For example, in English, cat, hat.
In French, chat, chapeau. (Dr. Seuss fans, anyone?)
In Spanish, el gato in a sombrero.
In Japanese, neko, and kubo.
So many words in the European languages are familiar to English speakers, that much of the basic vocabulary is not completely new. Not so with the Japanese!
My tutor is a very sweet young woman who is studying for her PhD at a university in London, and she received her undergraduate degree from Carthage University in Minnesota. Saito-sensei has started me with the basics I need to find my way around and do my basic shopping. I am learning how to ask for directions, ask WHAT things are (very important), WHERE things are, how to tell the time, etc.
One of the sentences she taught me to use is: Kore wa nihongo/eego de nan desu ka? - What do you call that in Japanese/English? Frankly, I wasn't sure how useful this would be, but I have dutifully learned it.
A couple of weeks ago I went to Tokyu Hands, an amazing shop that carries just about anything. Think of it as Target meets Home Depot with a healthy dose of Michael's - with a Tokyo price tag, of course. My goal was to hang some of the pictures we brought with us from the states. Our apartment has a very modern wall gallery set-up with a picture rail and hooks set into the ceiling. The only thing missing is the wires and special hooks to use on the picture rail. I was told they were at Tokyu Hands, so off I went after dropping Sam off at school.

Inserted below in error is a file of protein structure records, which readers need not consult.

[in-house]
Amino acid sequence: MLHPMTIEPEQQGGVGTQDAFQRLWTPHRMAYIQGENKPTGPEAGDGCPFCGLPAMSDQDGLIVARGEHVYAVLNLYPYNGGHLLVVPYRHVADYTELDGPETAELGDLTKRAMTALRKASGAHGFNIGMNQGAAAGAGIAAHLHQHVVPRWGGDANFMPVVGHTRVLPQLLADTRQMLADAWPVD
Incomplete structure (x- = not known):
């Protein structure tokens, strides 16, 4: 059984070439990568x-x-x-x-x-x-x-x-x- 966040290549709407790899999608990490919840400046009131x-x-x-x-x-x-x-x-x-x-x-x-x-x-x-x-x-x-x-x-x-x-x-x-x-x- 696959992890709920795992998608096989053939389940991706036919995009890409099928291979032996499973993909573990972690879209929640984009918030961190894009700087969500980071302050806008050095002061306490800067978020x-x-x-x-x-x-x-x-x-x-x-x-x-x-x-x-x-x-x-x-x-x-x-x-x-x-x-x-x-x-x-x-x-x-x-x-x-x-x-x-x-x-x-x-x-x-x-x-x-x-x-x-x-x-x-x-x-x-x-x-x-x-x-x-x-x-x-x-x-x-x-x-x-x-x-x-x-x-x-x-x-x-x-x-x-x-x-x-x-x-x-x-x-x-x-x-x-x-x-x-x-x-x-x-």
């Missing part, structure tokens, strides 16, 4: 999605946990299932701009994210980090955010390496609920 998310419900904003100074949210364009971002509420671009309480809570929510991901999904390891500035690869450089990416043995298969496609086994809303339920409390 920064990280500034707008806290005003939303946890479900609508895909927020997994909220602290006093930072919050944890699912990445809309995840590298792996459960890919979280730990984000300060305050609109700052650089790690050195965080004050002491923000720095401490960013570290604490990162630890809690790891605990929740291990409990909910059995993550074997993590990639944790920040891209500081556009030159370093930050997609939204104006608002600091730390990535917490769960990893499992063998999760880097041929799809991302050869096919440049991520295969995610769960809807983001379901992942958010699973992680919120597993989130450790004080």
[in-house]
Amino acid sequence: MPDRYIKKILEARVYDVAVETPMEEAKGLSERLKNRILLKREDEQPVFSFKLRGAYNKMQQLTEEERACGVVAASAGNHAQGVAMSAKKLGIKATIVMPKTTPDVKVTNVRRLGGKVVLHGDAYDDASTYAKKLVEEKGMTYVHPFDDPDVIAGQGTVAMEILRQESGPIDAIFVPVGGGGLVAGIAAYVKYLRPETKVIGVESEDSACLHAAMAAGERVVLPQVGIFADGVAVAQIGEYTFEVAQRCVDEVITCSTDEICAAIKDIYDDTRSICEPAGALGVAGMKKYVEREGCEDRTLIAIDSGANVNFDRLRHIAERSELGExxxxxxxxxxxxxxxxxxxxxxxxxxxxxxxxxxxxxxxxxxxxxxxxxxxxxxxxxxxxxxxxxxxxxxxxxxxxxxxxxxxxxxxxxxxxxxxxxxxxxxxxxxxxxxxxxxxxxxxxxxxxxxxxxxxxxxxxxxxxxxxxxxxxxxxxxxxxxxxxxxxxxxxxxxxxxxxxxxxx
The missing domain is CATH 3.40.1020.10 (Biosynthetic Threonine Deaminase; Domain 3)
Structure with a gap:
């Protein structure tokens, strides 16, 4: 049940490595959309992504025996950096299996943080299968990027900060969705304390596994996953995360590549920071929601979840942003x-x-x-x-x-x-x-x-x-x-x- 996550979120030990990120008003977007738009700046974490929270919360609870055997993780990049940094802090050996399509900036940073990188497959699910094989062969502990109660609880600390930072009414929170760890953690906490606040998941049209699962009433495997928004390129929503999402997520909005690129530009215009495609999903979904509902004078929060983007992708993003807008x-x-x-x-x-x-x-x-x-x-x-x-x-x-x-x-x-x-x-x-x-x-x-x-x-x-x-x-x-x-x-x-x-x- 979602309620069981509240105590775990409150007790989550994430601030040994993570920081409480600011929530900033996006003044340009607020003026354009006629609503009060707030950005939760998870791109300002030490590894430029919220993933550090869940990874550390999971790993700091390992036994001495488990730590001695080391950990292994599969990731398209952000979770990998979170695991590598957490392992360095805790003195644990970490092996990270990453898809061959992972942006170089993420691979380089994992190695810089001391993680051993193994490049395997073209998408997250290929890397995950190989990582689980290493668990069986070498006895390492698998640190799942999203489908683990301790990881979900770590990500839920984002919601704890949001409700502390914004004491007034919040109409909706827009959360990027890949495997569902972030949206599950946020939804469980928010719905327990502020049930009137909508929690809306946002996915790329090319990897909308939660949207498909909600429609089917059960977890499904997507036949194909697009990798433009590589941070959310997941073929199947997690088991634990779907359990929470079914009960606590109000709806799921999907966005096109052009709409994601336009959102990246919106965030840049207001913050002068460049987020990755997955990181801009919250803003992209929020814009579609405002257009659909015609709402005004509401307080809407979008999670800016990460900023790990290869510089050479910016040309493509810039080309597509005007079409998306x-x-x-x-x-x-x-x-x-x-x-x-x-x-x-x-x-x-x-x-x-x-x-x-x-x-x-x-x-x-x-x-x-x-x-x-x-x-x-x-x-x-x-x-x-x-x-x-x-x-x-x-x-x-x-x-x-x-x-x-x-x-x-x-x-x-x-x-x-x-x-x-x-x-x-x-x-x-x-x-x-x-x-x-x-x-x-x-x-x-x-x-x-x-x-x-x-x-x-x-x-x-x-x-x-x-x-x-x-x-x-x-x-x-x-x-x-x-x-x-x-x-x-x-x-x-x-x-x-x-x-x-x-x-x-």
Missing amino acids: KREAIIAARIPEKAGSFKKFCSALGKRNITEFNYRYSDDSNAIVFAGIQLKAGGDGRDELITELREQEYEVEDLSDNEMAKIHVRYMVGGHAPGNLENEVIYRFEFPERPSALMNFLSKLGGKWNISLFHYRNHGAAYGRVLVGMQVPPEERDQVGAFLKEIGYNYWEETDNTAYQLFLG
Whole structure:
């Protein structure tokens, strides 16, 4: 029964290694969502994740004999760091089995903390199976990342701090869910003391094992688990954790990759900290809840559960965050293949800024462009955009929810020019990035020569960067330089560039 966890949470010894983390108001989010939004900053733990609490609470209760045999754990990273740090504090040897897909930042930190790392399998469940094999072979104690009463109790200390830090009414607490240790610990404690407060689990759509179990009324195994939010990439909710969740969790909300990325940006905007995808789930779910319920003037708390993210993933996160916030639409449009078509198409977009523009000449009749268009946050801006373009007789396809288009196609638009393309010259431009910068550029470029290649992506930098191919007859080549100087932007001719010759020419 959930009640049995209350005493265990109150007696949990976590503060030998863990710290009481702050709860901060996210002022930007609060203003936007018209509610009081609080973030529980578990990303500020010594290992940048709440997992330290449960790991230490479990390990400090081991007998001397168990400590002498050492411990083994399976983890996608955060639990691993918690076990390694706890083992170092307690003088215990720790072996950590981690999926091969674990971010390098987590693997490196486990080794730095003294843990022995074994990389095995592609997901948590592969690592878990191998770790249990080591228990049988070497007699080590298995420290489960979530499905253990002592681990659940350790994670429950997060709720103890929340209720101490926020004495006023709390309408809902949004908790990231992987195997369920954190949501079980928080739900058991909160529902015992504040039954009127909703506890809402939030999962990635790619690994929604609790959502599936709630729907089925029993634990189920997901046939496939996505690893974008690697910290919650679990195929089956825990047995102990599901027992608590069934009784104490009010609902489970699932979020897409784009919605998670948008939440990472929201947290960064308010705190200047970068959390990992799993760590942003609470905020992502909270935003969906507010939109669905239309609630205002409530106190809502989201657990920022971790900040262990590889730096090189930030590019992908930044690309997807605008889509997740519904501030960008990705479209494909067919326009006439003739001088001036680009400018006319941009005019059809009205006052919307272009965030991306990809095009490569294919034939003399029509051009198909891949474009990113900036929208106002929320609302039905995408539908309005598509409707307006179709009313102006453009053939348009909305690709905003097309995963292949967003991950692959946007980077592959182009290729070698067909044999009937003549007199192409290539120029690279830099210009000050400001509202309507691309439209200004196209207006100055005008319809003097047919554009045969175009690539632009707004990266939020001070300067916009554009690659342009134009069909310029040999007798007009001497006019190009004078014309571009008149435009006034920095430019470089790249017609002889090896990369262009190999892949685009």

Well, I found them, and selected what I wanted - only one wire plus hooks, just to make sure I had the right thing. I knew I would be coming back to purchase more if everything worked out, so I carefully asked the sales clerk, "Kore wa nihongo de nan desu ka," wanting to know what to ask for the second time around.
Well, she looked at me like I had just stepped off Mars, and then said to me very carefully, as you would to the village idiot, "Kore wa hooku desu." This is a hook. And so it was.